Let’s think for a second about a simple two-axle truck with a wheelbase of 8 meters (above, without scale). Just before the first wheel reaches a certain point on the roadway, that point tightens at the speed at which the vehicle is moving, and it is compressed a fraction of a second later, once the first wheel has passed over it. A third of a second later, the second axis repeats the process.
All of these horizontal forces, which are “traction/compression” on the asphalt, are transmitted to structural elements like columns, pillars, and beams, as in the sketch of the bridge. In red on the reinforced concrete structure that links the horizontal deck of the bridge with the support beams, we can see how this effort is transmitted, which is now a shear.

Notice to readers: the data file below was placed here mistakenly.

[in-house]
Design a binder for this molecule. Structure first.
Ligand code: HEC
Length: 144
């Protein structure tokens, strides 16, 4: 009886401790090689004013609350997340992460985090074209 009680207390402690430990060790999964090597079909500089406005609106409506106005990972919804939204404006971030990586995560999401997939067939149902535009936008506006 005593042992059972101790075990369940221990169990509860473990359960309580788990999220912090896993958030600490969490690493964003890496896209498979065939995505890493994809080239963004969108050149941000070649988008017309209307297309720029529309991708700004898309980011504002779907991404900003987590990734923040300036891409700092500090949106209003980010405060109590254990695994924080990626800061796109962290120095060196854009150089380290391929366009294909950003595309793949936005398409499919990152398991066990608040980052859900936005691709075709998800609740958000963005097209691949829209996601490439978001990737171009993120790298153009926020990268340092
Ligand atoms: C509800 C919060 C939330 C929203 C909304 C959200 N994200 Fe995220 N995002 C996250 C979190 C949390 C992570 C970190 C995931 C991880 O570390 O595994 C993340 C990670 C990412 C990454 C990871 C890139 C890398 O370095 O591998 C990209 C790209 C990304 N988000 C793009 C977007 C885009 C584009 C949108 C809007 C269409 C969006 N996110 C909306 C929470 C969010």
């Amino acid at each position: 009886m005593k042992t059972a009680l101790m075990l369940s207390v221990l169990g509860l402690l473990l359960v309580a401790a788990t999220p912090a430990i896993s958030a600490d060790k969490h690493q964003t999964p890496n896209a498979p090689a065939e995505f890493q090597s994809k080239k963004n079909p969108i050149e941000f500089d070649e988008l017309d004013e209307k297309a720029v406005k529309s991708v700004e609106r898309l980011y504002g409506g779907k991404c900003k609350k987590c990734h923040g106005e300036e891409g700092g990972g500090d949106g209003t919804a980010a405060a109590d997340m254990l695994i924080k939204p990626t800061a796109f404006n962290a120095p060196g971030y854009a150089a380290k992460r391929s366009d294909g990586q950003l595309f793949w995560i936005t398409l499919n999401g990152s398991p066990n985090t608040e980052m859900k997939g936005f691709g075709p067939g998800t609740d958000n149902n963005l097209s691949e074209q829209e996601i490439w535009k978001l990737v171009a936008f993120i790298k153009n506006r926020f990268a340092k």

The higher the speed and mass of the vehicles driving on the bridge, the larger the shears, which can cause serious structural damage if they exceed the allowable limits over time.
What does a roadway need to support megatrucks?
The short answer to this question: a calculation that shows that the specifications are met. Of course, this could be attributed to any infrastructure and overload. In the case of pavement, by focusing on the outer layer of infrastructure, the difference can be understood when we look at the pavement for runways.